'Commercialized' Cyberespionage Attacks Out Of India Targeting U.S., Pakistan, China, And Others

Operation Hangover signals new franchise model in cyberespionage with cyberspying services for hire

No zero days, no confirmation of nation-state sponsorship, but a diverse cyberespionage campaign out of India for at least three or more years has been targeting multiple national-interest and industrial entities around the globe, mostly Pakistan and U.S. organizations, but also Norwegian telecom provider Telenor and the Chicago Mercantile Exchange.

Researchers from Norman Security today released a detailed report on the so-called Operation Hangover campaign that security experts say appears to be run by an independent cyberespionage organization-for-hire organization and demonstrates the vast and potentially lucrative nature of cyberspying in the global market. Norman Security says this is the same group of actors behind the cyberespionage attacks on Pakistan recently spotted by Eset that used Indian military "secrets" as a lure, with 80 percent of the infections in Pakistan.

The group behind Operation Hangover appears to represent a new advanced persistent threat (APT) model, or at the very least one that has been publicly uncloaked and possibly implicates a commercial Indian security firm, according to security researchers. Unlike the constant and ubiquitous wave of cyberespionage attacks against U.S. interests by China, Operation Hangover has more global and for-hire characteristics, according to Norman, which says thus far it's inconclusive whether the operation is a nation-state endeavor.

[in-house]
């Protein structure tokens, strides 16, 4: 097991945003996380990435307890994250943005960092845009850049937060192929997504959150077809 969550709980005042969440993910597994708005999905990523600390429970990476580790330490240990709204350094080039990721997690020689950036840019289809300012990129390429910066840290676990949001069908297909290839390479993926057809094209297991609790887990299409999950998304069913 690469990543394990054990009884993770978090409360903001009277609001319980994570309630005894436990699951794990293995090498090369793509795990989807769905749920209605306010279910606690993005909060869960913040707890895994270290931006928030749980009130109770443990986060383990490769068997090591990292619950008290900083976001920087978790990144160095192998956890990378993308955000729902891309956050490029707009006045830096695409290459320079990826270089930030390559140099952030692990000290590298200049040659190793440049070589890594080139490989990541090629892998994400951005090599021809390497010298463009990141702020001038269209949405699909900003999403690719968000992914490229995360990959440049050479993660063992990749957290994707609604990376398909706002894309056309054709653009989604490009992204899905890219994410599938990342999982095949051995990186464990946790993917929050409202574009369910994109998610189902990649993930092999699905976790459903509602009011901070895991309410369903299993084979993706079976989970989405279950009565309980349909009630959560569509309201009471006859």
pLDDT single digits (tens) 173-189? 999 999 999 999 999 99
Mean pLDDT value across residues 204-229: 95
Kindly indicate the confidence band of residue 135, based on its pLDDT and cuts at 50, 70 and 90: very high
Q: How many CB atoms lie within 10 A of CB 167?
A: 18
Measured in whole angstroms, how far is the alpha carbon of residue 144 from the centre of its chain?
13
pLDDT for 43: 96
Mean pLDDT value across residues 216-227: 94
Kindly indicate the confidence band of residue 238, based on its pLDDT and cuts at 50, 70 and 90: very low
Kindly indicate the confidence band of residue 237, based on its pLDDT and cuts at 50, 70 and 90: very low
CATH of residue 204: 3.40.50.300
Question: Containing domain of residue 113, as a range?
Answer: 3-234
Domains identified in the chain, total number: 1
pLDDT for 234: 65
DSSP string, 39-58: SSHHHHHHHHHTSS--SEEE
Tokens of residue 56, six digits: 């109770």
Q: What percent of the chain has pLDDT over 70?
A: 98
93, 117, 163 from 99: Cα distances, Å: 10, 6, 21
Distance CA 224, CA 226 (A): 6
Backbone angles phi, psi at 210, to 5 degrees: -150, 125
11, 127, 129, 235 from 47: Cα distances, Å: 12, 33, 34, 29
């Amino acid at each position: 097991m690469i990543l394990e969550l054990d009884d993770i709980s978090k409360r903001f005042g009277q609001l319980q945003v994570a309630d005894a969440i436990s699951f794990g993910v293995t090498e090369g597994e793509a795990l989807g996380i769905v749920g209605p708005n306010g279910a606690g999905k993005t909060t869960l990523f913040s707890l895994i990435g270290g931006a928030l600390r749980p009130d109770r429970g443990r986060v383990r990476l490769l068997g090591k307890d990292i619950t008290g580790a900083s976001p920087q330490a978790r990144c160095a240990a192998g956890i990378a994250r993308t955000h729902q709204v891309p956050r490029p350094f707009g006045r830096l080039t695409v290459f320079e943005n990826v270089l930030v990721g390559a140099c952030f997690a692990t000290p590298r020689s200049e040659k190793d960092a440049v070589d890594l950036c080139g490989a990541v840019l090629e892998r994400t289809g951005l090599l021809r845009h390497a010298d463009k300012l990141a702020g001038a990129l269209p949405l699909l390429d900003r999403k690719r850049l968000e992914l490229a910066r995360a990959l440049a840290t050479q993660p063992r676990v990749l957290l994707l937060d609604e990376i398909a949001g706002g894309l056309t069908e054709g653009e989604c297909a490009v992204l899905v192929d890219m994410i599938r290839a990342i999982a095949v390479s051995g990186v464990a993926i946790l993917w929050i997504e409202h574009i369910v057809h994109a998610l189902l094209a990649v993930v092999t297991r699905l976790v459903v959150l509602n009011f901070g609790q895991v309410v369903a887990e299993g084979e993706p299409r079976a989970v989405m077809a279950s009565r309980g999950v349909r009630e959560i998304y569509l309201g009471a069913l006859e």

"This is a model that is different from what we've seen before ... it's a lot more difficult to track," says Snorre Fagerland, principal security researcher in the malware detection team at Norman Security's Shark team. "My concern is that this shows just how commercialized this seems to have been and how lucrative it possibly is. So you get these APTs growing up everywhere."

Hangover appears to be a more "standardized" or franchised operation, with freelancers writing code and regular patterns of establishing domains and placing images on them, he says. "It's like one of the call centers of the APT," Fagerland says. "There are indications to some extent that the attack may be contracted -- it might be a service provided to somebody."

Fagerland says it's possible the organization is actually working on a global basis. The recent hacking into an Angolan dissident's computer and dropping Mac spyware that was detailed by F-Secure, for example, was the handiwork of Operation Hangover, according to Norman.

Eset security researcher Cameron Camp concurs that while the attacks appear to be originating out of India and by "private individuals," it would be "speculative" to say it's an actual nation-state operation.